When Gig Harbor Now’s very own Kitsap crackerjack, Mr. Ed Friedrich, in all his infinite wisdom as a tried and true local, says to you, “Yo, new girl*. You miss sand? Like, real sand? Because I’ve got just the place for you …”
You go, right?
Heck yeah, you do!
Soon, we headed north on Highway 16 to neighboring Kitsap County to scope out the rustic allure of Anderson Point Park at 8401 SE Millihanna Road in Olalla. This county park offers a (very steep) trail and trades a pokey pebble shoreline for the warm and fluffy sands of summer making it a Kitsap County hidden gem. There’s also a free parking lot there, some info signs and a trash can — but that’s it. No restrooms. or picnic tables (that I saw).
The beach access paired with spectacular views of Colvos Passage and Vashon Island are nice features. But (and it’s a major BUT), the walk from the beach back to your vehicle is LONG and ENTIRELY UPHILL.
(More on that last part in a bit).
Before we left, Ed told me:“There’s a wide trail that used to be a driveway down to the water. No swings, but incredible beach. Sand on one side of the point, gravel on the other. Great for hunting beach treasures. Big ships go by.”
Well, I don’t know about you, but I was officially sold on this Kitsap beach of dreams idea. Particularly the part where we could water socks for bare, tanned footsies dug deep in actual sand – a rarity around here. In fact, since Ed mentioned the wide trail to the water, I knew some walking was involved so we brought limited gear to avoid having to haul it far away from the conveniences of the car.
Marvelous mounds of sand
So, we went. You guys, the beach was everything Ed said it would be.
The mounds of sand were marvelous: tiny grains of a million rocks and shells were softly blown into little heaps and piles sloping toward the tide. Boats did, in fact, pass by in the distance. We arrived at the beach just before dusk during what photographers call the “golden hour” when the sun glows a warm, sleepy hue that magically pours soft light all around you. I don’t know if was that or me looking through the lenses of sandy-rose-colored glasses, but the little boats seemed especially dreamy as they quietly slipped by on their crisp triangle sails pulling them along in the breeze.
The kids were ecstatic. We brought sand toys and my cutie-patootie sibling pair giggled as they constructed moats and mini castles for a whole hour. Seriously, the beach there was such a treat. We haven’t seen sand this soft since we lived in California. I don’t understand the geological science behind it, but the slice of shoreline at this particular park has a makeup of textures usually reserved for lands that meet the open ocean. It’s as though Mother Nature replaced Washington State’s rustic overlay of broken rocks and shells – characteristic of almost every other glacier-carved inlet beach across the Puget Sound – and replaced it with a sprinkling of magical-dust sand at Anderson Point Park.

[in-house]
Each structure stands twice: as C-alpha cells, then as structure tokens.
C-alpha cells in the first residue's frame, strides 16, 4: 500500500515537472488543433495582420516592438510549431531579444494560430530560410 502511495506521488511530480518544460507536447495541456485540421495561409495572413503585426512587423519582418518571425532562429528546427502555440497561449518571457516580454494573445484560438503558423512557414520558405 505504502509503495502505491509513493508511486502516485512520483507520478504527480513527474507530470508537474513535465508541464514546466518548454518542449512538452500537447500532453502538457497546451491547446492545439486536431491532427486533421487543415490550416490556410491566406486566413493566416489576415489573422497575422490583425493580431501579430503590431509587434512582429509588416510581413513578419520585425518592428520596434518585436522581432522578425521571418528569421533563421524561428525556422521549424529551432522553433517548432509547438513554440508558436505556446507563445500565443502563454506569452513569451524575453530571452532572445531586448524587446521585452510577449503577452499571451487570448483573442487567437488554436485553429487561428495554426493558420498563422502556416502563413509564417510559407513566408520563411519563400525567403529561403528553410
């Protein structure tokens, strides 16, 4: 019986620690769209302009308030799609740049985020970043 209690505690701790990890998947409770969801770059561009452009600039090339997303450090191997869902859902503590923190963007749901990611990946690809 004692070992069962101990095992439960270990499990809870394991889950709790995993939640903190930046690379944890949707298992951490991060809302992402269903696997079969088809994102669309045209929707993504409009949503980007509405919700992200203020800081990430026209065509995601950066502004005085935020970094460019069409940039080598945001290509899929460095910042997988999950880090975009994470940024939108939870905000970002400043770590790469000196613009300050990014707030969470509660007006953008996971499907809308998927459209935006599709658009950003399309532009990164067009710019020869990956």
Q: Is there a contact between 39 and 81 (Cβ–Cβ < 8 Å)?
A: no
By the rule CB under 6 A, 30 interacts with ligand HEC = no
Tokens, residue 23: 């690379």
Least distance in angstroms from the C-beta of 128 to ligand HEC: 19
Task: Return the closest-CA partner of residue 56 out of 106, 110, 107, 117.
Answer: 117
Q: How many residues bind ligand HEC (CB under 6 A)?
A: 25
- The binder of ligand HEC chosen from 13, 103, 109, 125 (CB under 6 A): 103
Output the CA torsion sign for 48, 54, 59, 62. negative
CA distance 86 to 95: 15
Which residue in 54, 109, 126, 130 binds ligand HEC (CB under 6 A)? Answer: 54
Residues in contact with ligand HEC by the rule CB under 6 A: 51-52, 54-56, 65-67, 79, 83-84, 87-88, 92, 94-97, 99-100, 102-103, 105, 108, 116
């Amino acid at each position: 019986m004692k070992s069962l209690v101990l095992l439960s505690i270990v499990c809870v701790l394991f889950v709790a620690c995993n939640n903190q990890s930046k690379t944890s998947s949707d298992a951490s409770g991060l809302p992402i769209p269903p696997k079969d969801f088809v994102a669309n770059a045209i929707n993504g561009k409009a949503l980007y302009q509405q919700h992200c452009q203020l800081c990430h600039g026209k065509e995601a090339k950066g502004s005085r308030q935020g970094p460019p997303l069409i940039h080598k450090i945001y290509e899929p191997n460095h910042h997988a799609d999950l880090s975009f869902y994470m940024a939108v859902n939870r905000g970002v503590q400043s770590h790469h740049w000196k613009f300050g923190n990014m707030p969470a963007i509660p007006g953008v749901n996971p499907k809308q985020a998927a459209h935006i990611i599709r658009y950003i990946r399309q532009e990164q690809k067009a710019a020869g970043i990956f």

With no sharp or pebbly textures in sight, I slipped off my shoes and had a moment of true summer happiness as my toes sank through the layers of sifted warmth underfoot.
However, I must warn you, the soft pads of my feet eventually found a few tiny stickler balls near the coastal grass lines. So be watchful not to wander toooooo far inland during your barefoot beachcombing sesh.
The kids also, of course, enjoyed the water. Except, initially they weren’t entirely sold. Odd thing – the north side of the beach, which we hit up first, sported some stinky seaweed bundles wrapped up in the high tide debris. I don’t know if it’s an everyday thing, but a bunch of yellow jackets buzzed in and out of the tangles of mossy green kelp.
Seriously, those suckers were everywhere. We had to be extra mindful not to step on these ground-nesting insect foes – which made for some pretty nervous shrieks from me and two little kids I know. Always hopeful though, we pushed south until we found an arguably much nicer side of the beach where the driftwood shelters are expertly stacked and secret hideout-ready.
Treacherous uphill hell
Ha! You weren’t expecting a subhead like that, were you?
All of this to say, we were certainly impressed by this magical beach. Which is why I hate admitting … I don’t actually recommend bringing your kids here. I know! It’s terrible
How could I build up this beach only to topple all its kid-worthiness to the ground?! Well, here’s the reality: the trail there and back is absolutely brutal. First, it’s a switchback trail that spans roughly 3/4 a mile. The route from Anderson Point Park’s small dirt parking lot off to the beach is entirely downhill. Everybody talks about that part. We even packed light in anticipation of a long walk. But very few of the people who ventured there before us discerned that downhill one way means relentlessly uphill the other. I’m in decent shape for a 40-something mom. But holy freaking cow – the non-stop elevation on the walk back up to the car was so difficult I almost threw up — twice. I’m not even kidding. It was also “that time of the month” for me, which was quite unfortunate, but still.
So there’s that. Sad news and all.
(we won’t?) see ya out there!
IF YOU (STILL) GO
Address: Millihanna Road, Olalla WA 98359
Size: 66 Acres
Run by; Kitsap County, website
Features: Beach access, views of Colvos Passage and Vashon Island, free parking lot. Leashed doggos OK.
Hours: The park is accessible daily during daylight hours. Make sure to check the tide chart before you go!